Preeclampsia (PE) complicates up to 8 percent of all deliveries worldwide and is one of the major causes of pregnancy-related mortality. However, early detection and intervention—in the first trimester—may extenuate disease risk, severity, and the detrimental impact on fetal health.
A new study published in Nature Medicine reports a risk prediction model that assesses PE risk in liquid biopsy samples of pregnant individuals by measuring the DNA methylation levels.
DNA methylation in pathophysiology of preeclampsia
Epigenetic changes like DNA methylation facilitate several crucial cellular functions. Studies have identified and linked changes in maternal DNA methylation patterns to PE. Leveraging this epigenetic change as a biomarker, Bernard Thienpont, PhD, and colleagues developed a prediction model to identify PE early on in pregnancy.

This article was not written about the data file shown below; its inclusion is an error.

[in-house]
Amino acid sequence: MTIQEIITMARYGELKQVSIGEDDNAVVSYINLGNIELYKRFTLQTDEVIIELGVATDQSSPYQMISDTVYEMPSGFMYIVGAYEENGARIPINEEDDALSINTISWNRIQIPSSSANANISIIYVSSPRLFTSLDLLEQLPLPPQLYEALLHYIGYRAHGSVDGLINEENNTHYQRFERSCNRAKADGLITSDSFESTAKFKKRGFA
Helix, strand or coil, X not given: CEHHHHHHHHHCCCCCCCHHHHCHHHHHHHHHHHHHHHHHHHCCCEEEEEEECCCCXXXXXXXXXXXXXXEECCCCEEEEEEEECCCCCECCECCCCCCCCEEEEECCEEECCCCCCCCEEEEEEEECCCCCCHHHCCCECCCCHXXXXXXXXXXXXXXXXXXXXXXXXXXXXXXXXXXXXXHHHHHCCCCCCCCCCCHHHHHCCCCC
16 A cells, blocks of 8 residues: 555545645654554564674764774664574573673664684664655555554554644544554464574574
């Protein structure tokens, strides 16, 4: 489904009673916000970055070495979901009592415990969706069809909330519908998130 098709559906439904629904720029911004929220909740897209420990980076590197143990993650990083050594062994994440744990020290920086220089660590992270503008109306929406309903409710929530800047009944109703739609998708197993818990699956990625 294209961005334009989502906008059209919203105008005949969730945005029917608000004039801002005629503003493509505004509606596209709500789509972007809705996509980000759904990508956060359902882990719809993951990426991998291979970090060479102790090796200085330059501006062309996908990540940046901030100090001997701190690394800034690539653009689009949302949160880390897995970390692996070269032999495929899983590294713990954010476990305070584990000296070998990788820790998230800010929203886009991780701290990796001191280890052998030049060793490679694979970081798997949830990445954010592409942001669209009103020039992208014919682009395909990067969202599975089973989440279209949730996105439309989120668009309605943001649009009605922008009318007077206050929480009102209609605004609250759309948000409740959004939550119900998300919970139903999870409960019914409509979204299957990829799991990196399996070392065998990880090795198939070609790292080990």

Thienpont’s team profiled methylation patterns in blood plasma-derived, cell-free DNA from 498 pregnant women; about one-third of them developed early-onset PE. The team detected DNA methylation differences between control and PE pregnancies. Using these data, they developed a prediction model that “enabled risk stratification not only when PE was diagnosed but also presymptomatically, at around 12 weeks of gestation.”
The team validated the risk prediction model in a cohort of 197 of the 498 women. The model, when used in combination with routinely available maternal risk factors, accurately (at 80 percent specificity) predicted that 72 percent of patients had early-onset PE.
The findings establish the newly developed model’s efficacy in assessing PE risk from pregnant womens’ cell-free DNA samples as early as the first trimester. With further research and validation studies, the model could be used to aid and augment obstetric and diagnostic decisions.